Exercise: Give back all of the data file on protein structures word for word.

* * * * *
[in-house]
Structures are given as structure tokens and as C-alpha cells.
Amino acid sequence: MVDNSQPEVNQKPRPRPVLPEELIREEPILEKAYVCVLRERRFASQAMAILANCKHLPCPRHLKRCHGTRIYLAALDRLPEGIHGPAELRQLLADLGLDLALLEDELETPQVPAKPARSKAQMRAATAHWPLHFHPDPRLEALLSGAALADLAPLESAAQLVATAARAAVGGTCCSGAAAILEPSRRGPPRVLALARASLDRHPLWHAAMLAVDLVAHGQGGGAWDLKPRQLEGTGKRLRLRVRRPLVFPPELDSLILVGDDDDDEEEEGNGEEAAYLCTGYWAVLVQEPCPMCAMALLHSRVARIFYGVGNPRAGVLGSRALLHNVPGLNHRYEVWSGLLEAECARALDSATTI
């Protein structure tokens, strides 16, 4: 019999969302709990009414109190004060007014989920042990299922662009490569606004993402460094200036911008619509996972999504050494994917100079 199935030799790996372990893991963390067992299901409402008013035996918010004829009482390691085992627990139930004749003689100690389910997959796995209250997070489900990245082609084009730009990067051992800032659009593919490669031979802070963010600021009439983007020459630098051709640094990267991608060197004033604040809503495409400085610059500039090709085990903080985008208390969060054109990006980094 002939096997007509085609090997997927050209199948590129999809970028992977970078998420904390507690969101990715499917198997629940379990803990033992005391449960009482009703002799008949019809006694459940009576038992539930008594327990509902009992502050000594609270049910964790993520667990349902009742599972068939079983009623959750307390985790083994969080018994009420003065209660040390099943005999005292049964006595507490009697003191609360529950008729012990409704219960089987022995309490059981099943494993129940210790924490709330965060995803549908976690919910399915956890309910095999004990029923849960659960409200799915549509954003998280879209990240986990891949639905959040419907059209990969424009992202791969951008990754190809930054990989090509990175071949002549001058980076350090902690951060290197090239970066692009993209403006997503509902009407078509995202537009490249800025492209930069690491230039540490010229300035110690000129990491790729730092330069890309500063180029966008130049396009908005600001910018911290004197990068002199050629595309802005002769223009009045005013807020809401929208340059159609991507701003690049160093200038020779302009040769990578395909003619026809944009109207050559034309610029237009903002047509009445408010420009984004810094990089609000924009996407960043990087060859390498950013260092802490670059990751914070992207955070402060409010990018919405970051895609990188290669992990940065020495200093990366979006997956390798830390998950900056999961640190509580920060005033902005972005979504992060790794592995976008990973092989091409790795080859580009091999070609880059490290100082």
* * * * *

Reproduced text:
[in-house]
Structures are given as structure tokens and as C-alpha cells.
Amino acid sequence: MVDNSQPEVNQKPRPRPVLPEELIREEPILEKAYVCVLRERRFASQAMAILANCKHLPCPRHLKRCHGTRIYLAALDRLPEGIHGPAELRQLLADLGLDLALLEDELETPQVPAKPARSKAQMRAATAHWPLHFHPDPRLEALLSGAALADLAPLESAAQLVATAARAAVGGTCCSGAAAILEPSRRGPPRVLALARASLDRHPLWHAAMLAVDLVAHGQGGGAWDLKPRQLEGTGKRLRLRVRRPLVFPPELDSLILVGDDDDDEEEEGNGEEAAYLCTGYWAVLVQEPCPMCAMALLHSRVARIFYGVGNPRAGVLGSRALLHNVPGLNHRYEVWSGLLEAECARALDSATTI
């Protein structure tokens, strides 16, 4: 019999969302709990009414109190004060007014989920042990299922662009490569606004993402460094200036911008619509996972999504050494994917100079 199935030799790996372990893991963390067992299901409402008013035996918010004829009482390691085992627990139930004749003689100690389910997959796995209250997070489900990245082609084009730009990067051992800032659009593919490669031979802070963010600021009439983007020459630098051709640094990267991608060197004033604040809503495409400085610059500039090709085990903080985008208390969060054109990006980094 002939096997007509085609090997997927050209199948590129999809970028992977970078998420904390507690969101990715499917198997629940379990803990033992005391449960009482009703002799008949019809006694459940009576038992539930008594327990509902009992502050000594609270049910964790993520667990349902009742599972068939079983009623959750307390985790083994969080018994009420003065209660040390099943005999005292049964006595507490009697003191609360529950008729012990409704219960089987022995309490059981099943494993129940210790924490709330965060995803549908976690919910399915956890309910095999004990029923849960659960409200799915549509954003998280879209990240986990891949639905959040419907059209990969424009992202791969951008990754190809930054990989090509990175071949002549001058980076350090902690951060290197090239970066692009993209403006997503509902009407078509995202537009490249800025492209930069690491230039540490010229300035110690000129990491790729730092330069890309500063180029966008130049396009908005600001910018911290004197990068002199050629595309802005002769223009009045005013807020809401929208340059159609991507701003690049160093200038020779302009040769990578395909003619026809944009109207050559034309610029237009903002047509009445408010420009984004810094990089609000924009996407960043990087060859390498950013260092802490670059990751914070992207955070402060409010990018919405970051895609990188290669992990940065020495200093990366979006997956390798830390998950900056999961640190509580920060005033902005972005979504992060790794592995976008990973092989091409790795080859580009091999070609880059490290100082």